Dietary change and obesity associated with glucose intolerance in Alaska Natives.J Am Diet Assoc 1995; 95(6):676-82JA
To investigate frequency of food intake, body weight, and glucose intolerance in Alaska Natives.
Height, weight, and random blood glucose levels were measured and a frequency-of-food-intake questionnaire was obtained. This questionnaire classified persons as consumers of indigenous foods or nonindigenous foods within three food groups. Those with a random blood glucose measurement > or = 6.72 mmol/L received an oral glucose tolerance test.
Community screening in 15 villages in Alaska.
Nutrition screenings were done for 1,124 Alaska Native residents aged 20 years or older. An oral glucose tolerance test was done for 202 subjects.
Subjects were classified as consumers of indigenous or nonindigenous foods within three food groups. A diagnosis of non-insulin-dependent diabetes mellitus (NIDDM) was made on the basis of World Health Organization criteria. A determination of overweight was made on the basis of National Center for Health Statistics criteria.
A chi 2 test with Yates correction, t test, and linear regression, with two-sided P values.
Athabascan Indians had twice the rate of NIDDM as Yup'ik Eskimos with significantly higher frequency of nonindigenous food intake, plus lower frequency of indigenous carbohydrate and fat intake. Subjects < or = 30 years old consumed significantly more nonindigenous protein and fat and low-nutrient-density carbohydrates than those > or = 60 years old. Persons who had glucose intolerance reported significantly greater consumption of nonindigenous protein and less seal oil. Incidence of overweight was significantly higher than was found 25 years ago. Participants with glucose intolerance were significantly more overweight than others.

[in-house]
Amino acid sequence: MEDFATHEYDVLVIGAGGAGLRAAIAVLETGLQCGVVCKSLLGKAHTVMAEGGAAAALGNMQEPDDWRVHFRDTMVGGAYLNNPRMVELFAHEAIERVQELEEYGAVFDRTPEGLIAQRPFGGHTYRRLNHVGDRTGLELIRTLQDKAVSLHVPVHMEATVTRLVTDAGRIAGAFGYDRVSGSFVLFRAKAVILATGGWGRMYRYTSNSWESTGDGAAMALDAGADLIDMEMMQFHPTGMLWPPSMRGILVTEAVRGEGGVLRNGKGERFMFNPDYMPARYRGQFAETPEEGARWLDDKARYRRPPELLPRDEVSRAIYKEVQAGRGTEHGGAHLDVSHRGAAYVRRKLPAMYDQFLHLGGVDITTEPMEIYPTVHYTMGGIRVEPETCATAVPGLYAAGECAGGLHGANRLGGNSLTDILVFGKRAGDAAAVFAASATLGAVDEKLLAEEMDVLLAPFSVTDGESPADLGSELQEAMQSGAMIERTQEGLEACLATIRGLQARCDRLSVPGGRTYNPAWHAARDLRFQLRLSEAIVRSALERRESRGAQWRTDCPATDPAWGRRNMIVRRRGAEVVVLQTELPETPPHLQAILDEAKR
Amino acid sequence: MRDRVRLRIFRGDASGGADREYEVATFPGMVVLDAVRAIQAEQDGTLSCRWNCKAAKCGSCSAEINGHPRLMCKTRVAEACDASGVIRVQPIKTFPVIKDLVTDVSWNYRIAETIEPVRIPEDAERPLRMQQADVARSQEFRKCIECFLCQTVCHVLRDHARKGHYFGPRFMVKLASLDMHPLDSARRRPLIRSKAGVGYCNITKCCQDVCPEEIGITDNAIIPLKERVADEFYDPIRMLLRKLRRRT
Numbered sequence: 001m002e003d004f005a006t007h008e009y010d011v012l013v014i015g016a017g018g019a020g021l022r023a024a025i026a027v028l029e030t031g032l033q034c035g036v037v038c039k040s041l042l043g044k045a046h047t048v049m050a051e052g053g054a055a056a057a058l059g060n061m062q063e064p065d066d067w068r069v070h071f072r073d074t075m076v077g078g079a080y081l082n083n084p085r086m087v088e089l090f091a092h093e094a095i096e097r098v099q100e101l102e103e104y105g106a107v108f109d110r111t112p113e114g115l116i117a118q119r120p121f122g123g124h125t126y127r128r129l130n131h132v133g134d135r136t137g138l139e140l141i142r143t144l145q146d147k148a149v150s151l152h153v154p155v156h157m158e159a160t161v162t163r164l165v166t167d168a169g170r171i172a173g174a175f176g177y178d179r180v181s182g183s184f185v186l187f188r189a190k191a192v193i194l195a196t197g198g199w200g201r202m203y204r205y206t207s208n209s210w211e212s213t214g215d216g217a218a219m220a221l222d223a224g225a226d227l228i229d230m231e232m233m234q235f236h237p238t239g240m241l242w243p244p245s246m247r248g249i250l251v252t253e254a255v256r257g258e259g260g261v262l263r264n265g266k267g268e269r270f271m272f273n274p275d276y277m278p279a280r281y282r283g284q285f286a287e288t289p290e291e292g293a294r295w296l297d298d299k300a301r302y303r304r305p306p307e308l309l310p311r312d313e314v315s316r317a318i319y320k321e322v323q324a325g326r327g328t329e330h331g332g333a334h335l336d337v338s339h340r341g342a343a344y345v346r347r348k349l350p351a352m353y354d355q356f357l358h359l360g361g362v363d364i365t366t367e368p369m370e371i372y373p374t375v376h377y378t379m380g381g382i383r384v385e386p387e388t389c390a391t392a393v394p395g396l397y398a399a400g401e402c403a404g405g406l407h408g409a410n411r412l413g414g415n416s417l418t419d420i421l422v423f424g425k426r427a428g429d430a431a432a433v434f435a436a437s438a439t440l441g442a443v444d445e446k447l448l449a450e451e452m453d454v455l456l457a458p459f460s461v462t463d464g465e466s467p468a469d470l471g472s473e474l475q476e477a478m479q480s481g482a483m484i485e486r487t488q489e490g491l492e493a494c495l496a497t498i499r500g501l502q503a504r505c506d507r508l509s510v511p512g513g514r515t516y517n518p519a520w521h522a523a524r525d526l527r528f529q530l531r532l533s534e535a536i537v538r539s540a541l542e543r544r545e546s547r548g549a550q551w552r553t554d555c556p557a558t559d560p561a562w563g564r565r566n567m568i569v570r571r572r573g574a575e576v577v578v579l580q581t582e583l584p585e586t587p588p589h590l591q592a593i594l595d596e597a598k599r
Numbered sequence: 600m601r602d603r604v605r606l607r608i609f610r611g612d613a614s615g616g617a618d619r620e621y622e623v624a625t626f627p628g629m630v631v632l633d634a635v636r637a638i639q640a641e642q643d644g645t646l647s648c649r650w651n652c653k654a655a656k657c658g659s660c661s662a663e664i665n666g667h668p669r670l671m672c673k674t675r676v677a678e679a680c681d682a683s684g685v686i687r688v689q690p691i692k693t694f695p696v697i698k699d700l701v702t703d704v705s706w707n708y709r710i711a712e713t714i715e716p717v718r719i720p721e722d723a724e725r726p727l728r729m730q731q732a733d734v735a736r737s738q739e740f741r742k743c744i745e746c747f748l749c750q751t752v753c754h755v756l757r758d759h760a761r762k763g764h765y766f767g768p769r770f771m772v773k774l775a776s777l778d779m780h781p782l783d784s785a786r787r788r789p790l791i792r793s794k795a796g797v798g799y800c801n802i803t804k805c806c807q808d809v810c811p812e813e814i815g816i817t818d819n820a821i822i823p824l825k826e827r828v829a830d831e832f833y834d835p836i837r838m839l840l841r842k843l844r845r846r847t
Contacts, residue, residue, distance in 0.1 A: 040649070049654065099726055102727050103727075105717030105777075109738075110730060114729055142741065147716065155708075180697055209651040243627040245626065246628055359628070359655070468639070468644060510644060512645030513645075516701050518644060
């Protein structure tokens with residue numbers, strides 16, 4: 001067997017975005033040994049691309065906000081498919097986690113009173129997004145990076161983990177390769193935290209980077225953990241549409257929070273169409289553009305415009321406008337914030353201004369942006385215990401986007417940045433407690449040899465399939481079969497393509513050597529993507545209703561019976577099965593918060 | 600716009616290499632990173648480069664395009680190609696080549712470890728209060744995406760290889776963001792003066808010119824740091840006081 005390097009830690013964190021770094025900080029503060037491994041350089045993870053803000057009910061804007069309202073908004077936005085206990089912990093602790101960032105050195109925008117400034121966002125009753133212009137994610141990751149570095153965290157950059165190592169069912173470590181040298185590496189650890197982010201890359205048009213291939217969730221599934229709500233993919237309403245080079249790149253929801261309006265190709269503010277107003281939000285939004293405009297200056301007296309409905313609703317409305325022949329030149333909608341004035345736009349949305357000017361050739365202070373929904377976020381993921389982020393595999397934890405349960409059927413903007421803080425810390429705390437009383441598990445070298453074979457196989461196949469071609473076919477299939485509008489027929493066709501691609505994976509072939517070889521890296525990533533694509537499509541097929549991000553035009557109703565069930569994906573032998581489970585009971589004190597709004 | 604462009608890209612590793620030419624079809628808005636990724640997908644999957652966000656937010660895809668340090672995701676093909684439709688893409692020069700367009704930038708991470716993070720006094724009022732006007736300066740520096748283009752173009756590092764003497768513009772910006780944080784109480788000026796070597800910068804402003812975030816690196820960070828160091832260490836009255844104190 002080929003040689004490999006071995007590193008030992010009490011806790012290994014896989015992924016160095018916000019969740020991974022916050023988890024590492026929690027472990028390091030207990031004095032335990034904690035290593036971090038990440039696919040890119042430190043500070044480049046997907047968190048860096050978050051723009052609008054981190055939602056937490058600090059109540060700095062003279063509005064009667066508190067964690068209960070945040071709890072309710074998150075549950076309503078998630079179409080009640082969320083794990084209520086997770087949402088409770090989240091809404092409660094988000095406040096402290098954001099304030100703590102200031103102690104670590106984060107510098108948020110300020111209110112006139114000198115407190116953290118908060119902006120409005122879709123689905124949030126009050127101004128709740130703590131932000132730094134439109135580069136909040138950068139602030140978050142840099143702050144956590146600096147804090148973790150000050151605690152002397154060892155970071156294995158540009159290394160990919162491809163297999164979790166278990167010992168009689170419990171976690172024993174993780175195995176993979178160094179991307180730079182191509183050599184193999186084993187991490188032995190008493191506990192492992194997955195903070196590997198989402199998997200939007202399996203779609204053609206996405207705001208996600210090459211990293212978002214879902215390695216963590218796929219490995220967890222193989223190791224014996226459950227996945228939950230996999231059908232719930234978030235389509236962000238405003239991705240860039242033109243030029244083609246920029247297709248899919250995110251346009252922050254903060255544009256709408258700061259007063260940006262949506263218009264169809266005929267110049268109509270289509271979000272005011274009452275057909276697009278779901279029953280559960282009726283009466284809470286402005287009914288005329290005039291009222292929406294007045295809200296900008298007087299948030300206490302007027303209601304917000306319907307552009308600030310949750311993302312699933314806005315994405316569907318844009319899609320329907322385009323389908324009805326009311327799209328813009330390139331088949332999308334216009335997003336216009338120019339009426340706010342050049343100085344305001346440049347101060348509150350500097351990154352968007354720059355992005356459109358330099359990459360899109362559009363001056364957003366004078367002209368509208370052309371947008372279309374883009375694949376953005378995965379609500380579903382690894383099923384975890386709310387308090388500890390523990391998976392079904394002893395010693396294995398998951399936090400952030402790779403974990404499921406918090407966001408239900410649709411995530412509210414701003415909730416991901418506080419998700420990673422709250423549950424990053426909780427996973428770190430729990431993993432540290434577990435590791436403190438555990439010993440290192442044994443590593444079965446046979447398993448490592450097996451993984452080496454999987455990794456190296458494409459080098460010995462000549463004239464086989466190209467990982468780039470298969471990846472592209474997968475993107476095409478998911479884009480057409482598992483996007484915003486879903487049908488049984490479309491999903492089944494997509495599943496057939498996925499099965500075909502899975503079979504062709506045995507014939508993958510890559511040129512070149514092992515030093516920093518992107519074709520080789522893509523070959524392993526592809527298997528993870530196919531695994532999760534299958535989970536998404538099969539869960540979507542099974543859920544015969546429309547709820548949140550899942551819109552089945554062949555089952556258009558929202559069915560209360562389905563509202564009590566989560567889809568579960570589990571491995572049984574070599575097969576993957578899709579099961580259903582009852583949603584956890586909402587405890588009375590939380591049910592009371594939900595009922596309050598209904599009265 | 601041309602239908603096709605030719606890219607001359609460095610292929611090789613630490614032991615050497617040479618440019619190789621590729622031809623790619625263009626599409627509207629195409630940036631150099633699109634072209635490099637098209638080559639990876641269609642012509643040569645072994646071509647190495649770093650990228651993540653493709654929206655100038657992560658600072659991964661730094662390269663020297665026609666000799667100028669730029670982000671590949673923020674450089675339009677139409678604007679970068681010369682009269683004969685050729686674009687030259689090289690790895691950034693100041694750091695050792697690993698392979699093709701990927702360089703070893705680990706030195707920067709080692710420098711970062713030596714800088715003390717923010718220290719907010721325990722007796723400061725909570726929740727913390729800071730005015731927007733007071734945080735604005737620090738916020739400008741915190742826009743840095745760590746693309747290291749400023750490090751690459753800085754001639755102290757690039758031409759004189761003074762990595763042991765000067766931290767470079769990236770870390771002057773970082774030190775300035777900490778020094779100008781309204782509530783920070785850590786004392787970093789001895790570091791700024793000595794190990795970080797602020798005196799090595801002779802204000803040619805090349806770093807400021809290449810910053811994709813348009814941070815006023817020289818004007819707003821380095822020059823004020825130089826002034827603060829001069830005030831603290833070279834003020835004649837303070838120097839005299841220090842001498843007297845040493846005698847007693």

A pattern of increased frequency of nonindigenous protein, low-nutrient-density carbohydrate, and fat intake with less indigenous carbohydrate and fat consumption was found in subjects < or = 30 years old and in association with the higher rate of NIDDM found in the Athabascan Indians. Persons with glucose intolerance were significantly more overweight than others.
Although the nutritional value of indigenous foods for reducing disease risk should be promoted, nutrition education, especially among young adults, should also include building skills to select and prepare nonindigenous foods to attain a healthful diet. Although snacking is a concern, dietary fat was the most significant factor in obesity and NIDDM.